The Consumer Price Index (CPI) rose 2.1 per cent in the March 2022 quarter and 5.1 per cent annually, according to the latest data from the Australian Bureau of Statistics (ABS).
Head of Prices Statistics at the ABS, Michelle Marquardt, said “The CPI recorded its largest quarterly and annual rises since the introduction of the goods and services tax (GST).”
The most significant contributors to the rise in the March quarter CPI were new dwellings (+5.7 per cent), automotive fuel (+11.0 per cent) and tertiary education (+6.3 per cent).
The ABS has also reported notable rises across the food group (+2.8 per cent), reflecting high transport, fertiliser, packaging and ingredient costs, as well as COVID-related disruptions and herd restocking due to favourable weather.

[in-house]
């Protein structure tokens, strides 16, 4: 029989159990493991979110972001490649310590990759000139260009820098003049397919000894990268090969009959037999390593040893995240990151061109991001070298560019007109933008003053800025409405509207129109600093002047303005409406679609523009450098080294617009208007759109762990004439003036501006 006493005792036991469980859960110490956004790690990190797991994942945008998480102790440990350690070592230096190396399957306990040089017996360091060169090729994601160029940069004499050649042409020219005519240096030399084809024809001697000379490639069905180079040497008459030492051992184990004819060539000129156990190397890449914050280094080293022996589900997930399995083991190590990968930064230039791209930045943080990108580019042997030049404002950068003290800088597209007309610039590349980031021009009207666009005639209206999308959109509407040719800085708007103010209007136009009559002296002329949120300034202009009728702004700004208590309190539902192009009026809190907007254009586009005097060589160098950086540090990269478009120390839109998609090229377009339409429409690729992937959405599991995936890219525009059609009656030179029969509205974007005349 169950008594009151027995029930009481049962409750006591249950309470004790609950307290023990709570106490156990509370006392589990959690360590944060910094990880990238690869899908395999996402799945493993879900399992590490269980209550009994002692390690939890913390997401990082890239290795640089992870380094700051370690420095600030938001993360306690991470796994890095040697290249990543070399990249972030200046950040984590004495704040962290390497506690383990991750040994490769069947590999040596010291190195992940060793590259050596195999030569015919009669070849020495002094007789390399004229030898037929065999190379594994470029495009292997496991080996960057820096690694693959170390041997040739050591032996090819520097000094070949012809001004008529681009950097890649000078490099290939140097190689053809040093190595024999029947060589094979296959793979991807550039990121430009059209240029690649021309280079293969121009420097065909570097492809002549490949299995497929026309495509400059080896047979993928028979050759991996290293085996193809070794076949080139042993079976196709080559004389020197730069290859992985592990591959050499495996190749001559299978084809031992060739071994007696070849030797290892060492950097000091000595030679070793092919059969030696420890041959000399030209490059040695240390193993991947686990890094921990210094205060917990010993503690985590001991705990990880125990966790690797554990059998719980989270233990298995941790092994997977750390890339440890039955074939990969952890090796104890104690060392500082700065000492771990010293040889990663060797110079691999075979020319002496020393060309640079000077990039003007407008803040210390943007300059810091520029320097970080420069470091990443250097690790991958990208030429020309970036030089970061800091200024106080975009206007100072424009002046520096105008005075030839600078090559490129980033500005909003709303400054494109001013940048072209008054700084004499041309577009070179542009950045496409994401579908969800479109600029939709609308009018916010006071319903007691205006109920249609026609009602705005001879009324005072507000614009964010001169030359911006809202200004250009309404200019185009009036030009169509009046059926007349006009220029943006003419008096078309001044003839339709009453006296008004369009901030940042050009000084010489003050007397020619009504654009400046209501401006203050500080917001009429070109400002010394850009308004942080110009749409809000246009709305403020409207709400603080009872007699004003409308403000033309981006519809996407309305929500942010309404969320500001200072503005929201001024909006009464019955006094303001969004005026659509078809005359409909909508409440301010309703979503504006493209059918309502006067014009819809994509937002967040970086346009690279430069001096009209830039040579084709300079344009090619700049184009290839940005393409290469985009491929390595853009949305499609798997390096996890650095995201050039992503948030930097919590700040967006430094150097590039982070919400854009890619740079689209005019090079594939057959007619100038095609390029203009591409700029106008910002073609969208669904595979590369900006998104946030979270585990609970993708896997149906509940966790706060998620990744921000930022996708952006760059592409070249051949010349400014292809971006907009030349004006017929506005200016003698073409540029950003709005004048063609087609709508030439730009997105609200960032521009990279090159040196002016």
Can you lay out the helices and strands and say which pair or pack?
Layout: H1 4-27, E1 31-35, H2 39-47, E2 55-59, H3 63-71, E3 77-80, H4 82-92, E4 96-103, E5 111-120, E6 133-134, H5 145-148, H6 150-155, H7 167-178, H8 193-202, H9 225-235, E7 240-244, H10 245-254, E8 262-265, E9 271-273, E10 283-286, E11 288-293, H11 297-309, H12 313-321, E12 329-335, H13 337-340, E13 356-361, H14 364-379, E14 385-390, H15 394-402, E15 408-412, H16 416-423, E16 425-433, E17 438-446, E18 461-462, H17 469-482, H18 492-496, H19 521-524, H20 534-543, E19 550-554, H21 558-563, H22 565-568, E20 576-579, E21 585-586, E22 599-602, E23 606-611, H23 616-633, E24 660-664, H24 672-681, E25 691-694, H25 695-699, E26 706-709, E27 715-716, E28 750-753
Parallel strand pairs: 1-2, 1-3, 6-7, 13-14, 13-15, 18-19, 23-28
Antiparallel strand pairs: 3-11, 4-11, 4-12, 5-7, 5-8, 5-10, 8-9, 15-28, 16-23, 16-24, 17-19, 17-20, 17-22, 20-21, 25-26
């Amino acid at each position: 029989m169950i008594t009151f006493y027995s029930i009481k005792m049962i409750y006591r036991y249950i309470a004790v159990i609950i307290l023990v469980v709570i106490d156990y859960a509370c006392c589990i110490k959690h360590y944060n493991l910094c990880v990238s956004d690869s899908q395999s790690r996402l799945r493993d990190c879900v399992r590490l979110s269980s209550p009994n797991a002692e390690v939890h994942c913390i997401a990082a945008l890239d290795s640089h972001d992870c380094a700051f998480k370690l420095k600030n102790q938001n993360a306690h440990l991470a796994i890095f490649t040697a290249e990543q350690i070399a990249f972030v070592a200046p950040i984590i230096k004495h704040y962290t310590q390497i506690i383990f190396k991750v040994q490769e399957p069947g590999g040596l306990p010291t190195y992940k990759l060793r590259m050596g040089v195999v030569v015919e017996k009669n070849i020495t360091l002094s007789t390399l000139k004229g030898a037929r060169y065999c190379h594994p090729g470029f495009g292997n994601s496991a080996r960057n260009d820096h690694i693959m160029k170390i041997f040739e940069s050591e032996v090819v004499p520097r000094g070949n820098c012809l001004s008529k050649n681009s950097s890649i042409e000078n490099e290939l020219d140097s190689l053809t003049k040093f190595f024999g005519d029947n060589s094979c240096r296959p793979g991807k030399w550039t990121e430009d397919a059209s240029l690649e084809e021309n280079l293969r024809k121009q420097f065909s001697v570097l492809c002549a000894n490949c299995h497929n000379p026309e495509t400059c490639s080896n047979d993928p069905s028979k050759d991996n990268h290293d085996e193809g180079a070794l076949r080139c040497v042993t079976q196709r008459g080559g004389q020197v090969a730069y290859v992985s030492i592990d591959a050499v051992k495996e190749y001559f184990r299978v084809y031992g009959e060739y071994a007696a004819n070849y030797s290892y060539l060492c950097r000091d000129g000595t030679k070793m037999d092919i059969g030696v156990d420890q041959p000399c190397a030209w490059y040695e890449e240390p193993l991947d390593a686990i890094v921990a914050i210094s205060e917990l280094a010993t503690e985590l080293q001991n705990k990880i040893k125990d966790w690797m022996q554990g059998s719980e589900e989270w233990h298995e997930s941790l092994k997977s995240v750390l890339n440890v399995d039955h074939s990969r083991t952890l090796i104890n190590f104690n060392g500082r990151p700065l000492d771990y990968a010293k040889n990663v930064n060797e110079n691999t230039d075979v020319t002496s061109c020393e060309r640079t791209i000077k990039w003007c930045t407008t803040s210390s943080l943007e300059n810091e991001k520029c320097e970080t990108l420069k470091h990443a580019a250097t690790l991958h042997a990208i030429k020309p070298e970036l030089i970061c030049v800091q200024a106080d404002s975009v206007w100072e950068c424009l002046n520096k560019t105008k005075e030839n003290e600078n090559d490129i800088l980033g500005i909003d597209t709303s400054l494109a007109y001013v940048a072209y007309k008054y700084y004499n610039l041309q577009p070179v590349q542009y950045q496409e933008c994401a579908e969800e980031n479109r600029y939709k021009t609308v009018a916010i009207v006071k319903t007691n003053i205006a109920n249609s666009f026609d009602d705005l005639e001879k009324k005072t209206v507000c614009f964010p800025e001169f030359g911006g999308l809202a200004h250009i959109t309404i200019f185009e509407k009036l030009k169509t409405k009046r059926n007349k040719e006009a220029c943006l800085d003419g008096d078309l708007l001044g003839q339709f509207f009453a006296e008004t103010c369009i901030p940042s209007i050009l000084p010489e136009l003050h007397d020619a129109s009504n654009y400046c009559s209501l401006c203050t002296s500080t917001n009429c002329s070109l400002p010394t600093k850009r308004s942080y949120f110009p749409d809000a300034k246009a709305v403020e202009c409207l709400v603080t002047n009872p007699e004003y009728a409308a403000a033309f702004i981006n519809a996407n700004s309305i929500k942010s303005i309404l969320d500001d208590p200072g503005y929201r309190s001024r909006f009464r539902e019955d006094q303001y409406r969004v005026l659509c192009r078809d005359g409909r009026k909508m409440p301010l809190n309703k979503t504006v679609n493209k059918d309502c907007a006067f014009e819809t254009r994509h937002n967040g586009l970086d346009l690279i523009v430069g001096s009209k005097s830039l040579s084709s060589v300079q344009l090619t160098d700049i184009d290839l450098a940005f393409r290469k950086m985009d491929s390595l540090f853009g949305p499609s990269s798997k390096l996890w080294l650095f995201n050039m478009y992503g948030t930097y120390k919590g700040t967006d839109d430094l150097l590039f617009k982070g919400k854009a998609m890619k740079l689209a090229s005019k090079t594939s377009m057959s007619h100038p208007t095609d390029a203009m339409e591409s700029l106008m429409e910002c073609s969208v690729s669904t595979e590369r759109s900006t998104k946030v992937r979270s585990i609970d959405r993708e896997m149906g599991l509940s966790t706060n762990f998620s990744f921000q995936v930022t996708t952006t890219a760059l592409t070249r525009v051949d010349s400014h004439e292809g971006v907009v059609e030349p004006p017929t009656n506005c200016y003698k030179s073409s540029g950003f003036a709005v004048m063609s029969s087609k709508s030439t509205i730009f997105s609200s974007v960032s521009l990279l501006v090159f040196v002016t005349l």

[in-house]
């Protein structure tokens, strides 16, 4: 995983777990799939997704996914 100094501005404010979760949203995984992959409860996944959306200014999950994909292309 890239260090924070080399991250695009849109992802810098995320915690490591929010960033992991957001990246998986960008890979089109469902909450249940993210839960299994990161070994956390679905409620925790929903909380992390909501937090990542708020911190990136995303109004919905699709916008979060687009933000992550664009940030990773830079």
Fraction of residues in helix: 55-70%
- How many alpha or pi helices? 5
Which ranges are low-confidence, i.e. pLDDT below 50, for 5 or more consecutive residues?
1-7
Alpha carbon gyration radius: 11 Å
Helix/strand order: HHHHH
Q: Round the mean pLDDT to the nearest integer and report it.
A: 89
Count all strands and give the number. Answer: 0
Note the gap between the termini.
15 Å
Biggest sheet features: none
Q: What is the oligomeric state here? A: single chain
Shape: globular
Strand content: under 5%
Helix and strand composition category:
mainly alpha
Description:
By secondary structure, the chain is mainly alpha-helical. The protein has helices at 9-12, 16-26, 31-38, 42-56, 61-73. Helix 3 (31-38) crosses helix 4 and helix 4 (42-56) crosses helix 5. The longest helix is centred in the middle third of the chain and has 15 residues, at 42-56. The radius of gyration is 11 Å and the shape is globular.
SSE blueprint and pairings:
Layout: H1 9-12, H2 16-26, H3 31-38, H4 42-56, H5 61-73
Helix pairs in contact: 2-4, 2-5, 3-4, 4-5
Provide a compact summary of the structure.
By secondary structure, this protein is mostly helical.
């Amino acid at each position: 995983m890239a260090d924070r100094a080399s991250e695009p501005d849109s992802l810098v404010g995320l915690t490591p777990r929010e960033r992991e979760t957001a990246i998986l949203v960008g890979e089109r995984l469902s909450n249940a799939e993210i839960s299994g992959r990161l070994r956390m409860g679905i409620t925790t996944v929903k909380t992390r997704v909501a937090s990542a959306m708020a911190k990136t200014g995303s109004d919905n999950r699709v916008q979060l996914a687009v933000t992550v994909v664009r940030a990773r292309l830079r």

Alcohol rose by 1.0 per cent for the quarter as prices returned from seasonal specials and with the excise tax increase for beer and spirits.
Main contributors to the rise in food prices included vegetables (+6.6 per cent), waters, soft drinks and juices (+5.6 per cent), fruit (+4.9 per cent) and beef (+7.6 per cent).
“The rise for the food group was softened by voucher programs in Sydney and Melbourne, which reduced out of pocket costs for meals out and takeaway foods. The grocery component of the group, which excludes meals out and takeaway foods, rose 4.0 per cent in the March quarter,” Ms Marquardt said.
The CPI rose in all eight capital cities, ranging from 1.7% in Sydney to 3.3% in Perth.